Network Gaming: The Potential and Problems

The video game industry is intricate, large, and diverse. As a previous member of the gaming community, I have witnessed firsthand the following that video games can build amongst interested members of the population. Commercial social entertainment networks like Xbox Live, which has reported a worldwide group of members numbering over 48 million, have clearly begun to assert an enticing pull for many. These growing communities provide immense networking possibilities. Anil Dash speaks highly of networks that grow fast, do not exclude those who are late to join, and allow people from different areas and who possess different talents to exchange and amplify ideas. Chris Anderson argues in “How Web Video Powers Global Innovation” that the formation of diverse crowds that can see what each other are doing and possess desire leads to accelerated innovation. With its capacity for both collaborative multiplayer gaming and internet access to amenities like Skype, Xbox Live is one of the many forums that allow for the developments discussed by Dash and Anderson to form.

The online gaming experience alone has become a complex social system. It is still possible to purchase games that allow their user to retire to his gaming cavern and spend his nights exploring fantastic worlds without companions, but many games now also include immense online matchmaking forums. The graphic to the right depicts online gaming from one such game known as Halo 4. Its multiplayer environment has many features, but it is perhaps most remarkable for the network it can create. One can play on teams identified by colors, and teammates can come from many different places and backgrounds. Those with Xbox 360 headsets can speak with their teammates. These conversations do not have to be limited to gaming but can focus on any desirable topic. The teamwork involved in the gaming process can potentially result in the building of ongoing relationships (or networking) with a diverse array of people.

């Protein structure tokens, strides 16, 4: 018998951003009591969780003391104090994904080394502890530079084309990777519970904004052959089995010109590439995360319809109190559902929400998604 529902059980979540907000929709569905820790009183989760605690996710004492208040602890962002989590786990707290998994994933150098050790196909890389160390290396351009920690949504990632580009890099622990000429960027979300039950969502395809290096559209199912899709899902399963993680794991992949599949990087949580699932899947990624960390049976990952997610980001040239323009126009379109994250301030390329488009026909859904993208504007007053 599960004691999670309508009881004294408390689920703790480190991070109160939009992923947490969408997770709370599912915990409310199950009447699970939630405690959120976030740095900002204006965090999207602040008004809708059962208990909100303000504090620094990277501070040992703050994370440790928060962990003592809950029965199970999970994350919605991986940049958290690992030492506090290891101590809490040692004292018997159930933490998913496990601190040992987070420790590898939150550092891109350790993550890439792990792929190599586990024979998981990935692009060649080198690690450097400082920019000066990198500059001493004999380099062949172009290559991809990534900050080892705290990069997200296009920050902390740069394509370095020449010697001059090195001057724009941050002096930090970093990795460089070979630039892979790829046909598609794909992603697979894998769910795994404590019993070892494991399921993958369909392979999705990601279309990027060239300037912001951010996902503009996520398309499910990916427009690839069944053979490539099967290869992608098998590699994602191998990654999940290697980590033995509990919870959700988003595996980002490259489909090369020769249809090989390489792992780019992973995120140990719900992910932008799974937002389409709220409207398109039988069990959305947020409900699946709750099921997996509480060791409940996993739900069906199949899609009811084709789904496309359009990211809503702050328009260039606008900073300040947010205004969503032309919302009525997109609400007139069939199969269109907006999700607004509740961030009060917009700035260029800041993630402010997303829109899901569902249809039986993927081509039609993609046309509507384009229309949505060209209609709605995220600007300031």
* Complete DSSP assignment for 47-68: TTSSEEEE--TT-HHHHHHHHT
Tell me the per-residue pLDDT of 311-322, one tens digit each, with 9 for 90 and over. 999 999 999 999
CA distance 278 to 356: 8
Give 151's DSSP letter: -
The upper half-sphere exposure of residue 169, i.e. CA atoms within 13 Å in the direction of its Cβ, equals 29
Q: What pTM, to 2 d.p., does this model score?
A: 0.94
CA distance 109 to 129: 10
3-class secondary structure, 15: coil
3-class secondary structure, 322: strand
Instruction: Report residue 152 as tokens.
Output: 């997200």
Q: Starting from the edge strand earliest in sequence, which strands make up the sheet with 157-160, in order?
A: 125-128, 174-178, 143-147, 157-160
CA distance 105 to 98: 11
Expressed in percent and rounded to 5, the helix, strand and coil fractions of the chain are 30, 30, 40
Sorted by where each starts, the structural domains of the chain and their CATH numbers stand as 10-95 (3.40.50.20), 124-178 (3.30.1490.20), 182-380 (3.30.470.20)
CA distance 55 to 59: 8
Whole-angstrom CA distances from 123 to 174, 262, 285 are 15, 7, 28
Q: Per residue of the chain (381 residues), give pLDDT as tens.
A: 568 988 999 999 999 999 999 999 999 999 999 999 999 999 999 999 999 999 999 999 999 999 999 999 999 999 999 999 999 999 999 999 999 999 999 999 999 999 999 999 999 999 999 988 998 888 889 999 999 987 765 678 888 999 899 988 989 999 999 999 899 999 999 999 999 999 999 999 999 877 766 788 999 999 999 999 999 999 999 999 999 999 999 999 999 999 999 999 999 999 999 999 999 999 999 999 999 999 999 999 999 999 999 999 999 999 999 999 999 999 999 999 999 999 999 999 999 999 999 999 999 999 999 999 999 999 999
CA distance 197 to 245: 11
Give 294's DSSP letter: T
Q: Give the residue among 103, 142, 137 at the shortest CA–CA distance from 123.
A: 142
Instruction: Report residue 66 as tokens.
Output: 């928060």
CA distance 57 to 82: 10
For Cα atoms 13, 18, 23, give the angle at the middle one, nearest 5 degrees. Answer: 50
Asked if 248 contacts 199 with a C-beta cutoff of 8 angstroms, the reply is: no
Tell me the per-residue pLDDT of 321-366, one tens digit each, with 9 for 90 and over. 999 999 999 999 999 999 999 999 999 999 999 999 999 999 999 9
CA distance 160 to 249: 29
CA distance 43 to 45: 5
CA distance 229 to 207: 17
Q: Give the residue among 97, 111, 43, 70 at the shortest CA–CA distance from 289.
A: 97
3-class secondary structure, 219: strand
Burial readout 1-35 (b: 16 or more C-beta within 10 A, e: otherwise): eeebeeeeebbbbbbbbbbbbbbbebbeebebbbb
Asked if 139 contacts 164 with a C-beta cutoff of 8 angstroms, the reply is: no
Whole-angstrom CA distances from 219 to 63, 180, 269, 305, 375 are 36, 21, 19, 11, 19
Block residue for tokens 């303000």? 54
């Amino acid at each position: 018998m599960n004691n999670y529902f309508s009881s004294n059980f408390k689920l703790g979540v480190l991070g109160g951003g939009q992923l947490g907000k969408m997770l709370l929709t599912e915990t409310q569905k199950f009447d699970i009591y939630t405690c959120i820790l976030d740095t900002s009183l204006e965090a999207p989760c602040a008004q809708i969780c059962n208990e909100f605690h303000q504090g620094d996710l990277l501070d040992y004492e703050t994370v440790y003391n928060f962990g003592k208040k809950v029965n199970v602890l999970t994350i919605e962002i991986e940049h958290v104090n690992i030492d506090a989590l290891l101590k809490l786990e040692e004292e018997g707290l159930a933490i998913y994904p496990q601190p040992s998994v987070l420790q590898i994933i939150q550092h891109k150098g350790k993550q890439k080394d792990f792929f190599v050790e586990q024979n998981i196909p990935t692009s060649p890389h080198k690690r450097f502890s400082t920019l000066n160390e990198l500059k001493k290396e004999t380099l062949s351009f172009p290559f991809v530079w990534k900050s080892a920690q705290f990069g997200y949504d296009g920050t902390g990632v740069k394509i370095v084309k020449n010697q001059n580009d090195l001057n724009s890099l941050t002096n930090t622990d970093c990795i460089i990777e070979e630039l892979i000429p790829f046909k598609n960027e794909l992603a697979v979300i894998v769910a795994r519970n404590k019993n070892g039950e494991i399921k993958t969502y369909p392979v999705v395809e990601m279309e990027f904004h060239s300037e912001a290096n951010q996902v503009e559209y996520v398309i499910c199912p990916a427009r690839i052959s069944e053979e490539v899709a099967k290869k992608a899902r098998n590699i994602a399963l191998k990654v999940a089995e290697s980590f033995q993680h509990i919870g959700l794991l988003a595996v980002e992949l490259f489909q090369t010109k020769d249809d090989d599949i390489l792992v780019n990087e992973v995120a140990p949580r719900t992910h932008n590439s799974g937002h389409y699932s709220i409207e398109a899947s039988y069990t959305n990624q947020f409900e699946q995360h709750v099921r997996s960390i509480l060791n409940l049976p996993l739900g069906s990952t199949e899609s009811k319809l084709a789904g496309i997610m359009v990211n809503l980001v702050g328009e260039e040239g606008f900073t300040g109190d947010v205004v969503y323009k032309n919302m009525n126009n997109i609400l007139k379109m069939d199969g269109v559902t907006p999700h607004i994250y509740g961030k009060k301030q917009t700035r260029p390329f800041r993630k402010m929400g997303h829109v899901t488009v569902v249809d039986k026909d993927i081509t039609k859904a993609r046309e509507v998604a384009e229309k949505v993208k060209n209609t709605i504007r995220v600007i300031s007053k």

The possibilities associated with gaming networks are well outlined by Jane McGonigal in “Gaming Can Make a Better World.” Games provide those involved with a reason to trust others, engage in challenges that can be overcome, and remain occupied. As McGonigal argues, this can lead to a sense of optimism, the creation of a social fabric (network), a belief in productivity, and respect for a good narrative. If these traits could be applied in the real world, a new dedicated generation of thinkers and problem solvers would emerge to combat the emerging problems of the day. They would not be as inhibited as many others by preconceived notions and limitations because of their familiarity to adapting to different worlds. The new group of thinkers might be the all-important spark of innovation described by Anderson.